March, 28, 2016

What does your Supply Chain look like without Direct All Water Service to Boston Port?

What is happening and what can happen?

There is much discussion among CKYH+E (COSCO, Kline, Yangming, Hanjin and Evergreen) members that beginning later this spring, the direct all water service from Asia to Boston will be discontinued.  This weekly service that docks at the Port of Boston has been critically important to the import and export communities of New England, as it has provided reliable, consistent, and cost competitive service to the New England market to/from Asia.

Why would the CKYH+E Alliance discontinue the service?

The widening of the Panama Canal (officially to open in late June, 2016) will allow much larger vessels to transit its locks. Some carriers are considering increasing their Panama all water vessel size this summer from 4500 x Teus to 8000 x Teus, and there is concern that smaller ports like Boston will not be able to handle the larger vessels. 

When will the decision be made?

What we have learned is that a decision will be made by the Alliance in the next 60 days.  One Alliance vessel in the 8000 x Teu range is destined for Boston in April to “test” the port’s and harbor’s ability to handle a laden vessel of that size.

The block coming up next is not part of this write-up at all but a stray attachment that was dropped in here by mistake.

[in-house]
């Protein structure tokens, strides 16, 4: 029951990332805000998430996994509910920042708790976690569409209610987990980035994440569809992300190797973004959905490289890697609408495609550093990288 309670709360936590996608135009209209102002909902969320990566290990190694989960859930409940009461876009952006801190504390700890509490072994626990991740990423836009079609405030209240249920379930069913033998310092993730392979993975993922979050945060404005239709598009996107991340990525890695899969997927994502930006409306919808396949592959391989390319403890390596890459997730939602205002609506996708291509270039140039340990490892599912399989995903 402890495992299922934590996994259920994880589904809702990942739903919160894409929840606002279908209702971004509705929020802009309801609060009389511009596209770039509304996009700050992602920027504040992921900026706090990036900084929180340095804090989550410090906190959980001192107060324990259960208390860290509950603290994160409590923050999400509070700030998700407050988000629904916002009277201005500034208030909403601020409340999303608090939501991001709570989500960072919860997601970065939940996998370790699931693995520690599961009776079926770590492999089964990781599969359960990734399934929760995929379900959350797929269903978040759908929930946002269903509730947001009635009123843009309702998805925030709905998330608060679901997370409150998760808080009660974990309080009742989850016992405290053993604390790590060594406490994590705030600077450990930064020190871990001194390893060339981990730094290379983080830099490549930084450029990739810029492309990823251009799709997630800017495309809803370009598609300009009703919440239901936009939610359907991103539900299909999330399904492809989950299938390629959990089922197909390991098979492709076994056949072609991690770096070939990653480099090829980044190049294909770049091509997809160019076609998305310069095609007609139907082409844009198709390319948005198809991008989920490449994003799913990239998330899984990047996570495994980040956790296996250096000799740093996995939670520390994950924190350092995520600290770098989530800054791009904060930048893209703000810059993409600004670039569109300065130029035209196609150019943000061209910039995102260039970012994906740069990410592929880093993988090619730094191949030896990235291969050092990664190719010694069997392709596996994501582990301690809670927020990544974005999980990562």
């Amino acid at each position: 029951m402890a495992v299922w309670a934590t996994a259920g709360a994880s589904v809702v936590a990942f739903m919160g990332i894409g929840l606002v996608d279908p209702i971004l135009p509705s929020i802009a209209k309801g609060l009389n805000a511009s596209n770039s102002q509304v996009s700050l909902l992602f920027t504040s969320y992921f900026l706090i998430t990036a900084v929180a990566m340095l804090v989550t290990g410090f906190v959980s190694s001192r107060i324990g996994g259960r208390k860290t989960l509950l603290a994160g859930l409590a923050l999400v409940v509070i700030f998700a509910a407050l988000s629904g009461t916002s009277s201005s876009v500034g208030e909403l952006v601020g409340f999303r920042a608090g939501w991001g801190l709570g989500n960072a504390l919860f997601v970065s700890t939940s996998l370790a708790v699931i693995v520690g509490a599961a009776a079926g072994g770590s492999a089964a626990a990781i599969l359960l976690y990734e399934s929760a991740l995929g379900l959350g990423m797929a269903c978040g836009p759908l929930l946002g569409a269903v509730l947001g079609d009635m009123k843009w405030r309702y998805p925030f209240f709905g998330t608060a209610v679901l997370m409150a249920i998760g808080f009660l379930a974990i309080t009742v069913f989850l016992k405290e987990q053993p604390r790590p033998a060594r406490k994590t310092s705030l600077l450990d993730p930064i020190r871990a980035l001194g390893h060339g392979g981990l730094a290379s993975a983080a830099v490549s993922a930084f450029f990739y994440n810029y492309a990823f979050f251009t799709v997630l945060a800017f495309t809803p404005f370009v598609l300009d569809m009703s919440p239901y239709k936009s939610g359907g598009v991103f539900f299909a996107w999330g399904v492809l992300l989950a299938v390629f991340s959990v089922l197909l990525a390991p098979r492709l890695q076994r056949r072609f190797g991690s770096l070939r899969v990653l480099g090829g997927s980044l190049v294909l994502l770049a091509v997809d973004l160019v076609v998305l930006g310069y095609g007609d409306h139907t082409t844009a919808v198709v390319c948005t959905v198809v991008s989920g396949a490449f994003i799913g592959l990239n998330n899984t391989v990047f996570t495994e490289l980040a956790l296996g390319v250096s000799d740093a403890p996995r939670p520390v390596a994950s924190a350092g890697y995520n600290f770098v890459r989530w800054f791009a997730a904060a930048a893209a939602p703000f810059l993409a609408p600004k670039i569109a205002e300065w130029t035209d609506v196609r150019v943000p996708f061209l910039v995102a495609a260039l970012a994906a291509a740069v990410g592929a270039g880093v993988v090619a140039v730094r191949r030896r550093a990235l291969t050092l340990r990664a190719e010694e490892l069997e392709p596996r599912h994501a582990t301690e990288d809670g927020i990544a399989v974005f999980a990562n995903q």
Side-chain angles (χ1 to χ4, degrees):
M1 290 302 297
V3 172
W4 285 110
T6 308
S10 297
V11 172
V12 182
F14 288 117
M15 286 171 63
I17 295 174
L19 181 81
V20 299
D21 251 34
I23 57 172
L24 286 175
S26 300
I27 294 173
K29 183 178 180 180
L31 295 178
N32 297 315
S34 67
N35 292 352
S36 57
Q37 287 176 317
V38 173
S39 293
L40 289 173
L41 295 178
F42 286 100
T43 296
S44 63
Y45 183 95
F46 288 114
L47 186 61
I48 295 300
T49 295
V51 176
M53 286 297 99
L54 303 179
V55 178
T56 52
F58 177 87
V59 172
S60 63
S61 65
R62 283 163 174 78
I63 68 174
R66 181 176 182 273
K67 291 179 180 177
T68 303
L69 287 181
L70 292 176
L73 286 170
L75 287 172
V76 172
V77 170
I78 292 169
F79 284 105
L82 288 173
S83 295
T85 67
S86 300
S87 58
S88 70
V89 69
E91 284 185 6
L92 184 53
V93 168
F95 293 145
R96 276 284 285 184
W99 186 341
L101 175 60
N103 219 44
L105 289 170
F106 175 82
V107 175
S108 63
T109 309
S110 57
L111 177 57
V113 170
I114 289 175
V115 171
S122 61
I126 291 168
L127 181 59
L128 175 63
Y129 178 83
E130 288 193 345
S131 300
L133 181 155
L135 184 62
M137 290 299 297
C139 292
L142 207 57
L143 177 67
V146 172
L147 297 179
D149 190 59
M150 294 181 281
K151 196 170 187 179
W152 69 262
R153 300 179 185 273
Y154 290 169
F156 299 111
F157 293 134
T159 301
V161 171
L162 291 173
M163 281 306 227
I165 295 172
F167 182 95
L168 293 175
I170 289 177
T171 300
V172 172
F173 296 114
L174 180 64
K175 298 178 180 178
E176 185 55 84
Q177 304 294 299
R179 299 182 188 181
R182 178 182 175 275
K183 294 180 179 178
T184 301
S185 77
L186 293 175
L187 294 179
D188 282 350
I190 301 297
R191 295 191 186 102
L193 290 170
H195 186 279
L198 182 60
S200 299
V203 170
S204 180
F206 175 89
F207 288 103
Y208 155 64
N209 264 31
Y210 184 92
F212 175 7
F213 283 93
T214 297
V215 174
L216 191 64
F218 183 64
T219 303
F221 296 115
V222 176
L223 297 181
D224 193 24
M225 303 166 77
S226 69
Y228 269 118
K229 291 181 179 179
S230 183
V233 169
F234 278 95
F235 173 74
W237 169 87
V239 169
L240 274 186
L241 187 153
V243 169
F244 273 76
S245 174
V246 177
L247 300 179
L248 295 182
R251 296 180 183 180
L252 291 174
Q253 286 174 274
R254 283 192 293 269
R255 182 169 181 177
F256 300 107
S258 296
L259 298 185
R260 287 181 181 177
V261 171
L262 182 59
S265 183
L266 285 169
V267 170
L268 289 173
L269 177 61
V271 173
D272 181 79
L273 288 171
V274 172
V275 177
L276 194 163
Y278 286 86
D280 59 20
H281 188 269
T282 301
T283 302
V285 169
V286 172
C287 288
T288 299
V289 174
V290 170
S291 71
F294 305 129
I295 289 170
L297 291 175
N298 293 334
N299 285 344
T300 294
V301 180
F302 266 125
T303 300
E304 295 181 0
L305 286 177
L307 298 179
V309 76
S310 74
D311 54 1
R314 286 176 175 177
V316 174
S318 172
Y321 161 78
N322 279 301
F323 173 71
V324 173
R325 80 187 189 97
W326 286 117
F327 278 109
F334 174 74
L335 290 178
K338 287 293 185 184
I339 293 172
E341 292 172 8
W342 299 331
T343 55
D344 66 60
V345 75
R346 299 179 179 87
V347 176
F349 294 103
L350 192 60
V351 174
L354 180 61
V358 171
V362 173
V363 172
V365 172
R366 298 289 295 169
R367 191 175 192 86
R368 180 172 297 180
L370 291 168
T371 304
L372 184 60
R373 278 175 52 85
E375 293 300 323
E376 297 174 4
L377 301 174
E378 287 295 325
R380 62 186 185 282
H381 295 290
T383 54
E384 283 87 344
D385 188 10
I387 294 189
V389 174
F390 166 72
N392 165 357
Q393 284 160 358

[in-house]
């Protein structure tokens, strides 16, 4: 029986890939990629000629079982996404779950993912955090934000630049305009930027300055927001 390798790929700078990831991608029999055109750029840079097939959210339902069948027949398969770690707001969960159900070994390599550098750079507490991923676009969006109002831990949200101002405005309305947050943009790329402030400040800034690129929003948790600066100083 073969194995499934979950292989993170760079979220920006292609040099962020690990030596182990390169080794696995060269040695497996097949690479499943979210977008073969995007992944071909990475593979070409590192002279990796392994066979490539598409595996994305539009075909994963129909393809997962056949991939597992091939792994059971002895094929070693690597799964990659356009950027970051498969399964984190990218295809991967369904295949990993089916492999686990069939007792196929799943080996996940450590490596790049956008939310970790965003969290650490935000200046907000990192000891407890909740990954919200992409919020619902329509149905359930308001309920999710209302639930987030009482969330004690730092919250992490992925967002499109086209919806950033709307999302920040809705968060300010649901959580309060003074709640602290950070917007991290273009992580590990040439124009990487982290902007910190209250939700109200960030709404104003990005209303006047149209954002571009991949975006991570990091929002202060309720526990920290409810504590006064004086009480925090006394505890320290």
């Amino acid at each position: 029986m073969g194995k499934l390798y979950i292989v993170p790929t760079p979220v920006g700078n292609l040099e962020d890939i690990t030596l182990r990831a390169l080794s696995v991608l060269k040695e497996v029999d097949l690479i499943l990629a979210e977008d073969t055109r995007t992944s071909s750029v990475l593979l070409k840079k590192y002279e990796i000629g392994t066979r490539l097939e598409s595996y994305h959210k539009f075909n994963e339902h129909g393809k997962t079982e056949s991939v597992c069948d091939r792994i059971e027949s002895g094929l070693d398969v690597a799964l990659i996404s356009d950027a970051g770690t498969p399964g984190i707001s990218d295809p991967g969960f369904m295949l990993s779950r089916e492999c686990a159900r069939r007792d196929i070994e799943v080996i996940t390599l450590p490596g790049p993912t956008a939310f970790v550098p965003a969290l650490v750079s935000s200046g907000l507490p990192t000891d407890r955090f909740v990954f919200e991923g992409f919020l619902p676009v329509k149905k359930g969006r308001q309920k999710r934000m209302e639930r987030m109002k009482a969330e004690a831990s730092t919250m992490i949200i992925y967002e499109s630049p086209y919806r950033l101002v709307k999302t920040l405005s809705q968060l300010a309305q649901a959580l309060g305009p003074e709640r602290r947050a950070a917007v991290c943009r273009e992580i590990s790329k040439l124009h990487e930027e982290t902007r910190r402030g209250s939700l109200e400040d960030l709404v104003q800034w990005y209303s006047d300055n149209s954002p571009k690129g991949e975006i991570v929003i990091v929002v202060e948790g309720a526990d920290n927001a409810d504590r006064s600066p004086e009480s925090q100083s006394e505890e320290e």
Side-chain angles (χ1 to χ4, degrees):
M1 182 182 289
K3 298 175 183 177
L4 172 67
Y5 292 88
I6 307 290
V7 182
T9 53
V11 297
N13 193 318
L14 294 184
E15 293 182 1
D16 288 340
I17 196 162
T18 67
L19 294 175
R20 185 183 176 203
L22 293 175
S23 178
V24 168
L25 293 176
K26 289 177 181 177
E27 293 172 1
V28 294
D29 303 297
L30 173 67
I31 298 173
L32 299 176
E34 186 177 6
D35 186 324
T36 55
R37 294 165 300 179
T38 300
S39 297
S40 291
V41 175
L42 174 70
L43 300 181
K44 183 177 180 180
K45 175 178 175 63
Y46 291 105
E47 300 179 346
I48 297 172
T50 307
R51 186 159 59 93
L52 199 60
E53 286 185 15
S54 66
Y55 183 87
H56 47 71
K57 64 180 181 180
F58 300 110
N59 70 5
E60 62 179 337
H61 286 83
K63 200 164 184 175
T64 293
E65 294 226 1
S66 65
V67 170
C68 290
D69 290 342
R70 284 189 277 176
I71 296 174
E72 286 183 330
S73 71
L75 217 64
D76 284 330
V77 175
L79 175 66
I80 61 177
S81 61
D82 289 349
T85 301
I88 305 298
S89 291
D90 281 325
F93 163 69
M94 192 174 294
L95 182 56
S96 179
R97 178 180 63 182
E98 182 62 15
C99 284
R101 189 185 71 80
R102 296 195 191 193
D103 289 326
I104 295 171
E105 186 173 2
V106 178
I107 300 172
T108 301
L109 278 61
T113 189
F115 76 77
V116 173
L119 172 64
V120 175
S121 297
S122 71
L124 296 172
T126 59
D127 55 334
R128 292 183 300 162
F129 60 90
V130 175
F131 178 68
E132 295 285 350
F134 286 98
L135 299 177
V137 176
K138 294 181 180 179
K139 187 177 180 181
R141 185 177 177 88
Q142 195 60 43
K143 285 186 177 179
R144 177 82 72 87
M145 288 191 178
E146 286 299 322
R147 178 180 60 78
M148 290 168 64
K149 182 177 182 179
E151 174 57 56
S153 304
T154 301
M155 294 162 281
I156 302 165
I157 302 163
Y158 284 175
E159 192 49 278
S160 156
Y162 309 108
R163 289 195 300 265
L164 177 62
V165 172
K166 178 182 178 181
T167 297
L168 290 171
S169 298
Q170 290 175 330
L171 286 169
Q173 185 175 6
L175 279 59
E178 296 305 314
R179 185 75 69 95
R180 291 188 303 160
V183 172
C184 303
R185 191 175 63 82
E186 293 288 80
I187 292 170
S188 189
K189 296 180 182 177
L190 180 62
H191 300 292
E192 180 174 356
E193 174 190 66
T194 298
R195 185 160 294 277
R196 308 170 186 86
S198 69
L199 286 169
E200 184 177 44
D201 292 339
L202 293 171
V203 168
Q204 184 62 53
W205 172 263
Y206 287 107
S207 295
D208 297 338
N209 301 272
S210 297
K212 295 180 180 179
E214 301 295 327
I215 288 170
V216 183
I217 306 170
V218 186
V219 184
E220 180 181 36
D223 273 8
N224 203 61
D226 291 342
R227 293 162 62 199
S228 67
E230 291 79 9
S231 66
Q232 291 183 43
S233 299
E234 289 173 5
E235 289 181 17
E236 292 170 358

What are our primary concerns if the service is discontinued?

• This will result in a significant increase in cost for many New England companies as much of the container volume will be discharged in NY/NJ and trucked to/from New England.

• NY/NJ terminals are already congested, and adding 500-750 x Feus per week from a Boston discharge to a NY discharge will simply add to the congestion issues we face already.

• Availability of truckers, chassis, and drivers to service this effectively ex-NY/NJ.

• Access to sufficient heavy weight equipment to service exporters in the New England market who have relied on easier market access via Boston port.

• Because of the distance between NY/NJ terminals and much of New England, allowable driver hours becomes an issue to manage, which may require stop-offs or delaying containers at intermediary points, possibly in Worcester, MA. Additionally, this impacts drop-and-pick, chassis usage, empty returns, and detention free time allowances.

• Even more truck traffic on I-95.

What are we doing to prepare?

We at Laufer have been active in the New England market for years, and are hoping that the CKYH+E Alliance finds a way to continue their direct all water service to Boston.  If they should not however, we are working with our dray network to address the issues above.  We are also exploring shuttle services to/from Worcester, MA CY (both rail from NY and truck).  We are also identifying our most vulnerable customers to the dropped call, and exploring custom solutions for each one that we will be presenting in the next 30 days.





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